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Priest: ‘Addict’s problem is not sobriety but connection’

Priest: ‘Addict’s problem is not sobriety but connection’

Vicar General for Pastoral Affairs Fr. Antonio Labiao, Jr. reminds facilitators and volunteers of their roles for an orderly diocesan gathering of EJK victims’ families at the Sacred Heart Village Covered Basketball Court in Lagro, Quezon City on Dec. 9, 2017. PHOTO COURTESY OF LULU NARIO

By Minnie Agdeppa

December 12, 2017

Manila, Philippines

Giving deeper insight into the internal struggle of drug dependents, a priest of the Diocese of Novaliches, one of areas in the metro most affected by extra judicial killings, said a drug addiction is more an issue of personal connection than self-control or sobriety.

“The response to addiction is not sobriety, it’s connection,” said Diocese of Novaliches Vicar General for Pastoral Affairs Fr. Antonio Labiao, Jr. during the Diocese of Novaliches meeting with Pax Christi International on Nov. 29.

“I think that’s the realization. It’s establishing connections,” emphasized the priest. “We have to connect the drug user or the addict to himself or herself…to his/her family and…to the community. And to connect the family and community to every one and one another.”

‘Surrendering Day’

Another priest, Fr. Luciano Felloni, who has since gained a reputation for advocating community-based drug rehabilitation, shared how the increasing incidents of EJKs in his parish community started alarming him last year.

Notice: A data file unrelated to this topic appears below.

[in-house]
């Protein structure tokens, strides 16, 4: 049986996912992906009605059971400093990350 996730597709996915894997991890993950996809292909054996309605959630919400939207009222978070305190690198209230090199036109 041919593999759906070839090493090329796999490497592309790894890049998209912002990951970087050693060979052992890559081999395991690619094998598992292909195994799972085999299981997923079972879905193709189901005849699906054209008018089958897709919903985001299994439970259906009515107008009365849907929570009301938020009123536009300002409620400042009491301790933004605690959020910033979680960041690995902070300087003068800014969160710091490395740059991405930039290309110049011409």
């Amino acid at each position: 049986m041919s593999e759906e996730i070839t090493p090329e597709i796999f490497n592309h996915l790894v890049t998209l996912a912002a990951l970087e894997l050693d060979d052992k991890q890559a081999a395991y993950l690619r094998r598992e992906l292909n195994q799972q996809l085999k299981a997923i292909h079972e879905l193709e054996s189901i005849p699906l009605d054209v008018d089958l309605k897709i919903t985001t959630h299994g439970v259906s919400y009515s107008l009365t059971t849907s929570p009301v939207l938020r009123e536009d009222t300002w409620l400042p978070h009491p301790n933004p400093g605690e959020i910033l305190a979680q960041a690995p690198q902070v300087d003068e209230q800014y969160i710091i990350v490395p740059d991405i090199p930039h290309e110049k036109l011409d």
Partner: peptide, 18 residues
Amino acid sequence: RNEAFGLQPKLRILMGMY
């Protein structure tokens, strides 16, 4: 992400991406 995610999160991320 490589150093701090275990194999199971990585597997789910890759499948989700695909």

When drug dependents started seeking refuge in his parish out of fear of being killed if they surrendered to the barangay or to the police, he decided to establish a rehabilitation program.

Felloni then launched on Sept. 1, 2016 a “Surrendering Day” as well as a Community-Based Drug Rehabilitation Program (CBDRP) in partnership with Barangay 174 and supported by the Caloocan City Government, the Caloocan City Police, and the Diocese of Novaliches.

Fully recovered and alive

Since then, his parish’s CBDRP has had three batches of graduates who have since fully recovered and reintegrated into the community.

Part of his collaboration with the PNP was to have CBDRP graduates delisted from the government’s drug watch list, which, he said, has been helpful in “keeping the surrenderees alive.”

The Diocese of Novaliches’ meeting with Pax Christi International, a European-founded organization working to establish peace, respect for human rights, justice and reconciliation in more than 50 countries worldwide, is part of its efforts, through its Pastoral Office, to share its CBDRP modules and strategies to other dioceses, organizations, and groups in the hope of replicating its advocacy for better communities, especially in the face of the government’s all-out war on illegal drugs.

Currently, eight CBDRP Centers have been set up corresponding to eight of the most EJK-affected areas in the diocese.


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